We booked a sightseeing tour with a German speaking tour-guide for 120 EUR in advance. Currently 1 EUR equals (on Feb. 12, 2017) almost 1 CUC, which is the official currency for tourists. An average Cuban worker makes approximately 40 CUC/month. One CUC equals almost 25 CUP, which is the official currency for locals. A visit to a museum costs for a tourist 6 CUC and for a local 6 CUP!
The guide (Carmen) arrived at 9:30 hours to pick us up for the tour, which included a two-hour convertible ride through the town of Habana followed by a three hours walking-tour through Vieja Habana. Carmen was a German philology student and spoke quite well our language. She introduced us to the history of the country and the town.
We drove from our B&B towards the University, the Botanical Garden and the Plaza Nacional where we stepped out of the car and walked around the asphalt pavement to hear about Che, Fidel and their friends during the revolution. Then we continued our tour through the suburbs along parks, embassies and other official buildings such as schools, sport arenas, etc. Our next stop was at Fusterlandia, an art area where José Fuster works in a way like Gaudi did. Born in Caibarién, on Cuba’s north coast, and coming from a very ordinary family, he started working as a literacy volunteer in the Sierra Maestra mountains, followed by studying art in Habana. Today Fuster estimates his personal exhibitions at more than 100. He puts his own money – money he makes from selling his paintings and sculptures – back into the community, redecorating his neighbour’s houses, incorporating them into Fusterlandia. We have been very much reminded of Gaudi’s work in Barcelona that is impressive, too.
From the exhibition at Fusterlandia we drove to the Bosque de La Habana (parque Metropoitano), which is a botanical park area in Havana with exotic plants, a little river and rest areas. Because of the fact that we had chosen the “not raining” season of the year (equals winter in Europe) we did not see many blooming plants and trees, but the temperature was very acceptable (around 28 °C) and the humidity was quite fair. Walking around didn’t cause much sweating but you have to have bottled water with you all the time.
After two hours of driving and sightseeing the driver stopped near Old Havana, the so called Vieja Habana. We stepped out off the car near the Castillo de la Real Fuerza and walked into Old Town Havana. Here we thought we might find the real Cuba: Life music and people dancing while others are smoking cigars and drink Mojitos. But … the worse happened: houses in a horrible status, people who tried to get the tourist’s money out off their pockets, etc. Nothing like Cuban flair or human lifestyle! Although some houses looked nice the average building was in bad shape. You could see that money and effort is needed to bring them back to life.
This part of town was busy with crowds of tourists walking around and artists trying to make some money by posing or attracting.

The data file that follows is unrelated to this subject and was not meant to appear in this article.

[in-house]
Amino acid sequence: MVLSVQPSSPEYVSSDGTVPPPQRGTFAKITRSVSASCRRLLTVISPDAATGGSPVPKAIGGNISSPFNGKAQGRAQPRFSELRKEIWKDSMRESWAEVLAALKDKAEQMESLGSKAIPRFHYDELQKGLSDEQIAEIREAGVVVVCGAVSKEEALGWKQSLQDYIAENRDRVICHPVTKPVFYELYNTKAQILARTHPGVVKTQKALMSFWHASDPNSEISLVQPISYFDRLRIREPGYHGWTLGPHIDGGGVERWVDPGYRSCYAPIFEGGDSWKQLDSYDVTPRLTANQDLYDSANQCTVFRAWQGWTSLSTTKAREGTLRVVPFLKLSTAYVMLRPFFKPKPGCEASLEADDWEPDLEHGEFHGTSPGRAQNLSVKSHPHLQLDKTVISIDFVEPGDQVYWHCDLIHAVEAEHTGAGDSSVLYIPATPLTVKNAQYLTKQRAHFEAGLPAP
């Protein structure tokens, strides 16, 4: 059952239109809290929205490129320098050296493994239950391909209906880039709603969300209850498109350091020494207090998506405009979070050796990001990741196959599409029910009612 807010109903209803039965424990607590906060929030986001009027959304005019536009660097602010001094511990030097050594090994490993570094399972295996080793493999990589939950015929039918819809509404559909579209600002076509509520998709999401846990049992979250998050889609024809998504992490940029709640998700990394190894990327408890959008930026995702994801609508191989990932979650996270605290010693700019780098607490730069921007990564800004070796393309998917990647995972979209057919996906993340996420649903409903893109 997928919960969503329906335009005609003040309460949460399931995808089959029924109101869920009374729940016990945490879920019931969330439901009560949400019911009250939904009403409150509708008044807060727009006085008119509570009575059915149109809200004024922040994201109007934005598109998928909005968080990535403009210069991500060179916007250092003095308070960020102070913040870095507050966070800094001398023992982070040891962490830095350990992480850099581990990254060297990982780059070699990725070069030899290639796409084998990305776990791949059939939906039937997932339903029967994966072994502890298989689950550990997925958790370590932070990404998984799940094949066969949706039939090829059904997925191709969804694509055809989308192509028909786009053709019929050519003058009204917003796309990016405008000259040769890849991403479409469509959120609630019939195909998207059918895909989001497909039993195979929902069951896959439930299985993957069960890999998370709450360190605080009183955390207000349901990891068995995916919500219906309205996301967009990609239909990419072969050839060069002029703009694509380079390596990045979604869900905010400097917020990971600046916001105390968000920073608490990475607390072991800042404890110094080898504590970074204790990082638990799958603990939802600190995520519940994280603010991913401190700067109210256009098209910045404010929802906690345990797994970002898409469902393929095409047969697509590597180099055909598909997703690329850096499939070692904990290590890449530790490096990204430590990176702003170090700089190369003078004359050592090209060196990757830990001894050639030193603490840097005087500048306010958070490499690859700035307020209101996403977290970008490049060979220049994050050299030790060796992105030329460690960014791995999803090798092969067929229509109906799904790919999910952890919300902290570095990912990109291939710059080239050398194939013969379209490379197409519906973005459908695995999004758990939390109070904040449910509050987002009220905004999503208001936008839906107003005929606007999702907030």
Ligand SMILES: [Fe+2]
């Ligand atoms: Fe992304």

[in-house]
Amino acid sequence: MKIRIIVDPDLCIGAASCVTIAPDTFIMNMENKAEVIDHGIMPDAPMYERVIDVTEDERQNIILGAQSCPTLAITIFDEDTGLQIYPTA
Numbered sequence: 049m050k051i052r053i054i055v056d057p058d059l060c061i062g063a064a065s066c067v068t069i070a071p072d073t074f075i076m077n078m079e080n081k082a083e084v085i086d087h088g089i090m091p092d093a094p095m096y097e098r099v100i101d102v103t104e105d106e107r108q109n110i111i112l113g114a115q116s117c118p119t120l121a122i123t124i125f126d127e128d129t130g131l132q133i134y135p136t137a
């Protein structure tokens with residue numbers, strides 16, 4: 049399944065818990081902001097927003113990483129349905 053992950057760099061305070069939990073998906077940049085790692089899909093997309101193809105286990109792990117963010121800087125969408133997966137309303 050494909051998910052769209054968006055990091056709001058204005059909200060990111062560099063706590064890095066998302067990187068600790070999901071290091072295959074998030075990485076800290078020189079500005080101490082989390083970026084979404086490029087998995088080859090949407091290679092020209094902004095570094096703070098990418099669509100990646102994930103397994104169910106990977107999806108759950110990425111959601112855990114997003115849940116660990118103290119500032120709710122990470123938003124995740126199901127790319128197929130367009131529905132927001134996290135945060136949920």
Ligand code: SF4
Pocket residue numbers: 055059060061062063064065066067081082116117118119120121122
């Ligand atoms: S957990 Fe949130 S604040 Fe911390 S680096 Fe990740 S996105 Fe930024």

After three hours walking around we thought that it might be a good idea to get something to eat. Our guide recommended a place where we could good food at a reasonable price. We stopped at Chacón 162, where we did have a delicious meal and perfect cocktails. Because of the fact that our internal human memory got overloaded with information, we decided to walk back to our B&B to get some rest before we start our evening excursions in Havana.
Dining in Havana can be an adventure, because stepping into a restaurant doesn’t mean that you will get what they do offer on their menu. You should be patient and ask what they have to offer. Many items are not available – especially on the weekends. Knowing this I preordered Lobster at the restaurant Casa Abel two weeks in advance. I found it quite helpful that I have heard – while watching a documentary about Cubas new IT businesses – about an App from which you can easily find restaurant in Cuba: Ala Mesa. I choose this restaurant because of it’s Cuban dishes and it’s close vicinity to our B&B. And we haven’t been disappointed.
It looks like a wonderful place, tastefully furnished. The menu is a little limited. They also have a balcony with a few tables on the main dining room floor but a shame that the view is marred with an eyesore of a space where a building used to be (I didn’t post a picture of that).
The food was good although the lobster was different to what we knew from Maine, MA or the Provence, France. But the dinner was delicious, the wine from Chile excellent and the dessert what we expected: to die for. When I ordered “La Cuenta, for favour” the host offered me a cigar as a thank you for being my guest instead of a drink on the house. What a wonderful experience we never expected. On our was back to our Casa Particular we stepped into a music club, had a drink or two, listened to life music and were ready to go to bed afterwards.
What an exciting day we’ve had. Let’s see what the next will offer to us. We did make plans already, but we had to see how the weather will be. The forecast wasn’t that good: Strong winds and rain are coming in from the Atlantic Ocean. So we will see …